We’re approaching the middle of December and it’s a good time to check in how this month’s climate is shaping up.  If you remember, the month of November was unusually mild, with temperatures averaging 4 to 6 degrees above normal.  At Austin-Camp Mabry, it was the third warmest November on record.  November rainfall was roughly 2 inches below normal across the Hill Country and Central Texas regions but was near normal for the middle Texas coast.

Our weather began to change at the end of November as the persistent warm pattern faded with the arrival of several strong cold fronts.  In fact, much of the region saw a freeze on the last day of November and the first day of December.  We’ve seen additional cold fronts since the first of the month, each bringing additional rounds of cold air.  Thanks to these cold fronts, temperatures through December 14th have averaged near-normal to slightly below-normal across much of southern Texas.  At Austin-Camp Mabry, the temperature has averaged 54.4 degrees, which is 0.6 degrees above normal.  At Austin-Bergstrom Airport, the temperature has averaged 52.3 degrees, which is 0.7 degrees above normal.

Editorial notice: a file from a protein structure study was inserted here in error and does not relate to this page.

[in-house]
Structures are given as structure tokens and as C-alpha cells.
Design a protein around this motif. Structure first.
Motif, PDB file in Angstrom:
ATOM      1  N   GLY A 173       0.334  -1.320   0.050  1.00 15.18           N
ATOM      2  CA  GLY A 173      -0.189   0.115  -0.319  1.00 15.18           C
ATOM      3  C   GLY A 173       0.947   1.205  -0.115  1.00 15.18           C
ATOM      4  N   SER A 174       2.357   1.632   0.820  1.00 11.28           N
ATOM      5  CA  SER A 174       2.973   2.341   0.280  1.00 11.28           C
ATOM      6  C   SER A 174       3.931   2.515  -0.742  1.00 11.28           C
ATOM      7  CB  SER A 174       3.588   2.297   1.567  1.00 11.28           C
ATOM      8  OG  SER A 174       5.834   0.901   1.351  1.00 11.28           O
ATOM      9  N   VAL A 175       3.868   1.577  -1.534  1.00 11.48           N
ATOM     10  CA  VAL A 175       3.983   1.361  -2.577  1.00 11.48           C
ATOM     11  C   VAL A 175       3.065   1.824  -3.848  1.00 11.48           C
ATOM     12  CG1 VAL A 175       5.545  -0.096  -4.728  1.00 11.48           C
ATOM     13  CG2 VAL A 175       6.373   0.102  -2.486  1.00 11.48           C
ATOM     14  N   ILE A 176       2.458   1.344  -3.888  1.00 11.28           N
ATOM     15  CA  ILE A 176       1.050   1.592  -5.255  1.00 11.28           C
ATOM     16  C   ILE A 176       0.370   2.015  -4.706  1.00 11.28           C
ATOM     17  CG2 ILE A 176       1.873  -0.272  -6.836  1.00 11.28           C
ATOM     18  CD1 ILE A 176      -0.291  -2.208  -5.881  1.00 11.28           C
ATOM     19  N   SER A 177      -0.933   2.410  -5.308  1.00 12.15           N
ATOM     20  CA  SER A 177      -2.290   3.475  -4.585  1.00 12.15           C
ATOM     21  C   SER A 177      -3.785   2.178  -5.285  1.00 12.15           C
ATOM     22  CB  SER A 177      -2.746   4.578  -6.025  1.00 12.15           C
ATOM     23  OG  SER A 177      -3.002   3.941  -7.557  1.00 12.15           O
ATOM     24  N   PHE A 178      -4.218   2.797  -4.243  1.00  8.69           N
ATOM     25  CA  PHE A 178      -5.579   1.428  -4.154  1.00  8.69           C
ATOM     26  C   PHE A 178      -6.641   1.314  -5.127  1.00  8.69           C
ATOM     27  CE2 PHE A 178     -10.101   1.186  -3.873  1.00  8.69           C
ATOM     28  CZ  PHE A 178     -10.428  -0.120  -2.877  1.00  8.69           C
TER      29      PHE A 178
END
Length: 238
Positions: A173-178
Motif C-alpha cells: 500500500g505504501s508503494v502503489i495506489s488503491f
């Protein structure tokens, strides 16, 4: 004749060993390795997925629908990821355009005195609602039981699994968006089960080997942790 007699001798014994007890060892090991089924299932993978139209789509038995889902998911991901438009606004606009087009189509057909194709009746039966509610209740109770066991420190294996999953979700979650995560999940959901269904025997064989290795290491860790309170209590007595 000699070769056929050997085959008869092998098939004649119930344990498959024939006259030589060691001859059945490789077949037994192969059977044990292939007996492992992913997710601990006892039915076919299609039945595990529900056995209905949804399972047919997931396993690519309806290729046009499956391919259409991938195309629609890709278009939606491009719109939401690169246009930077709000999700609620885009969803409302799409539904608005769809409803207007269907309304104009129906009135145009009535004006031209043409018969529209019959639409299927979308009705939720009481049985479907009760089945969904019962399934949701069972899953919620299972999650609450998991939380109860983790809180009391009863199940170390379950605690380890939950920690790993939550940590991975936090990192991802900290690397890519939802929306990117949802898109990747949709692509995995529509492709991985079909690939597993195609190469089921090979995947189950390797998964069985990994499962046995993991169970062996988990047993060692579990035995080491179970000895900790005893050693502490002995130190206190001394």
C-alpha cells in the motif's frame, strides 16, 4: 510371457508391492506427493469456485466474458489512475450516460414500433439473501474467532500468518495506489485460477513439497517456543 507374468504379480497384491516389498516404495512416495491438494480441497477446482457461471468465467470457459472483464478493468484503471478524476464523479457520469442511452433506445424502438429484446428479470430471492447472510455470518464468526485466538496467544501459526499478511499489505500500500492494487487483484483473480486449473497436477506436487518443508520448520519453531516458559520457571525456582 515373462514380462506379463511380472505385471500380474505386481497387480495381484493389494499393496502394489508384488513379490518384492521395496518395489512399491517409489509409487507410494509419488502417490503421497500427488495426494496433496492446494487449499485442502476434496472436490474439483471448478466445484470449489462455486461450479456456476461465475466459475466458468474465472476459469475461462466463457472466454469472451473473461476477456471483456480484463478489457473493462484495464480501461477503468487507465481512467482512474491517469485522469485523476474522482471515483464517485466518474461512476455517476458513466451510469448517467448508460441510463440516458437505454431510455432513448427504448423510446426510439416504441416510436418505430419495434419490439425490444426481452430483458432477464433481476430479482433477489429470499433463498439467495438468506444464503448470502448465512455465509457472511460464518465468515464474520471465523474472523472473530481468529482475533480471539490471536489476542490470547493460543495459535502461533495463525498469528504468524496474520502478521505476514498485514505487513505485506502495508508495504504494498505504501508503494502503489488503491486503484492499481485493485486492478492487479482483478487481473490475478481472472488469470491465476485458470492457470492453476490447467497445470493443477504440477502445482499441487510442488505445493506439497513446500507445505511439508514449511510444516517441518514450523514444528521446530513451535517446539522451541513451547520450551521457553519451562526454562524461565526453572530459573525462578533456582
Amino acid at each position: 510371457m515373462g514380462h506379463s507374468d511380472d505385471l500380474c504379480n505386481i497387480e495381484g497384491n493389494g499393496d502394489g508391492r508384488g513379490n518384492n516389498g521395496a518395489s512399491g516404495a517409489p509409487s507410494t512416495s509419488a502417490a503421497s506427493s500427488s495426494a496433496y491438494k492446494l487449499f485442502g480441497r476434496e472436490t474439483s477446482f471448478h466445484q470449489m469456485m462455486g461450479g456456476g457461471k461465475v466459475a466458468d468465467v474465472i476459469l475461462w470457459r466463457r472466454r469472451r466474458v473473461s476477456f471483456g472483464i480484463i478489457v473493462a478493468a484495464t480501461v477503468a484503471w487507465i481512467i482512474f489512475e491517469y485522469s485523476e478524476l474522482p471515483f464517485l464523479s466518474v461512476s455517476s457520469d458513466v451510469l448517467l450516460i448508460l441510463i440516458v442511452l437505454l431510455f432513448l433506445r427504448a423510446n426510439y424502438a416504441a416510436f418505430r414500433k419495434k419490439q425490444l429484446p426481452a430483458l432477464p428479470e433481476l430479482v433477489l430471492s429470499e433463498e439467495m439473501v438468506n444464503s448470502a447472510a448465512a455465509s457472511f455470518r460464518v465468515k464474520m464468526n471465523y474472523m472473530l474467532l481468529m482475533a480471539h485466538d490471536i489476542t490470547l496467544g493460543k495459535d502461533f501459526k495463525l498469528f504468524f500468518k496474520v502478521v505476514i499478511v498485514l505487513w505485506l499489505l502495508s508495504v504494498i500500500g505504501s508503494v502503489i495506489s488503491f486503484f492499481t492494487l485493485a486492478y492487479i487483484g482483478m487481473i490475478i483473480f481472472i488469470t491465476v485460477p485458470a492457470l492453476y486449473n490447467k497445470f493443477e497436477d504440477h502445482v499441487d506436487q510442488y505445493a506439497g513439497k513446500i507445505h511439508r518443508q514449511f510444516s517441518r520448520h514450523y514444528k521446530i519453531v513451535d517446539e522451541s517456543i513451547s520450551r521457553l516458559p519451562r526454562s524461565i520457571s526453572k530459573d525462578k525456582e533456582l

December rainfall so far has been very limited across the Hill Country and Central Texas, with most totals averaging well below a quarter of an inch.  With rain totals so low since late September, drought conditions are increasing across the two regions.  Soil moisture is in short supply and vegetation is stressed.  Meanwhile, across the middle Texas coast, totals have been higher with amounts averaging between 1 and 2 inches.  Conditions are near normal, with little to no drought.

The outlook for the second half of November doesn’t call for any significant changes to the current pattern.  Additional cold fronts are expected, but conditions don’t appears favorable for much rain with any of the fronts.  Rainfall is forecast to remain well below normal.  While some periods of colder temperatures are expected over the next couple of weeks, no unusually cold air is expected.

Conditions very typical for a moderate La Niña are forecast to persist through January.